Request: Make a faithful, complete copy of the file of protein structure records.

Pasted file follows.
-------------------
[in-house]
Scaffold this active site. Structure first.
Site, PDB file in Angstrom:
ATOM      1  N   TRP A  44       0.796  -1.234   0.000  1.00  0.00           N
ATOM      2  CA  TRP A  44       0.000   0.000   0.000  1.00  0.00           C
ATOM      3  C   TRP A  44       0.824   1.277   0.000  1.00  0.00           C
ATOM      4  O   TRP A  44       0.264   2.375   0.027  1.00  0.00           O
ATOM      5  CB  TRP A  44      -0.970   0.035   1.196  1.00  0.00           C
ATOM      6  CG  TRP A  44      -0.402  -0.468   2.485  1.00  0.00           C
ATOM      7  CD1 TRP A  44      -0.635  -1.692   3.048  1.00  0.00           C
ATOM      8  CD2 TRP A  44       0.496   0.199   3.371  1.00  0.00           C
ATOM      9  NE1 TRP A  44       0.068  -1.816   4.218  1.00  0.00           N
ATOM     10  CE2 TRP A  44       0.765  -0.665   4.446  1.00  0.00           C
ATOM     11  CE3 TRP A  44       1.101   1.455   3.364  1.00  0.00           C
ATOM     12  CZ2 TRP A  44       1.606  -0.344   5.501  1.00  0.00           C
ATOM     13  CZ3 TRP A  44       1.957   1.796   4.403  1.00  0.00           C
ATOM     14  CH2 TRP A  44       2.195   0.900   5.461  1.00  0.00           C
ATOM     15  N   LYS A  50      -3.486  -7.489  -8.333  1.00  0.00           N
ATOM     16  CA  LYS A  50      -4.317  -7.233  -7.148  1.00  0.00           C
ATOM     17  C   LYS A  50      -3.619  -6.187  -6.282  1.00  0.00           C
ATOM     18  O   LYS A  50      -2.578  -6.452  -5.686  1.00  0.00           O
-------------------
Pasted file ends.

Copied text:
[in-house]
Scaffold this active site. Structure first.
Site, PDB file in Angstrom:
ATOM      1  N   TRP A  44       0.796  -1.234   0.000  1.00  0.00           N
ATOM      2  CA  TRP A  44       0.000   0.000   0.000  1.00  0.00           C
ATOM      3  C   TRP A  44       0.824   1.277   0.000  1.00  0.00           C
ATOM      4  O   TRP A  44       0.264   2.375   0.027  1.00  0.00           O
ATOM      5  CB  TRP A  44      -0.970   0.035   1.196  1.00  0.00           C
ATOM      6  CG  TRP A  44      -0.402  -0.468   2.485  1.00  0.00           C
ATOM      7  CD1 TRP A  44      -0.635  -1.692   3.048  1.00  0.00           C
ATOM      8  CD2 TRP A  44       0.496   0.199   3.371  1.00  0.00           C
ATOM      9  NE1 TRP A  44       0.068  -1.816   4.218  1.00  0.00           N
ATOM     10  CE2 TRP A  44       0.765  -0.665   4.446  1.00  0.00           C
ATOM     11  CE3 TRP A  44       1.101   1.455   3.364  1.00  0.00           C
ATOM     12  CZ2 TRP A  44       1.606  -0.344   5.501  1.00  0.00           C
ATOM     13  CZ3 TRP A  44       1.957   1.796   4.403  1.00  0.00           C
ATOM     14  CH2 TRP A  44       2.195   0.900   5.461  1.00  0.00           C
ATOM     15  N   LYS A  50      -3.486  -7.489  -8.333  1.00  0.00           N
ATOM     16  CA  LYS A  50      -4.317  -7.233  -7.148  1.00  0.00           C
ATOM     17  C   LYS A  50      -3.619  -6.187  -6.282  1.00  0.00           C
ATOM     18  O   LYS A  50      -2.578  -6.452  -5.686  1.00  0.00           O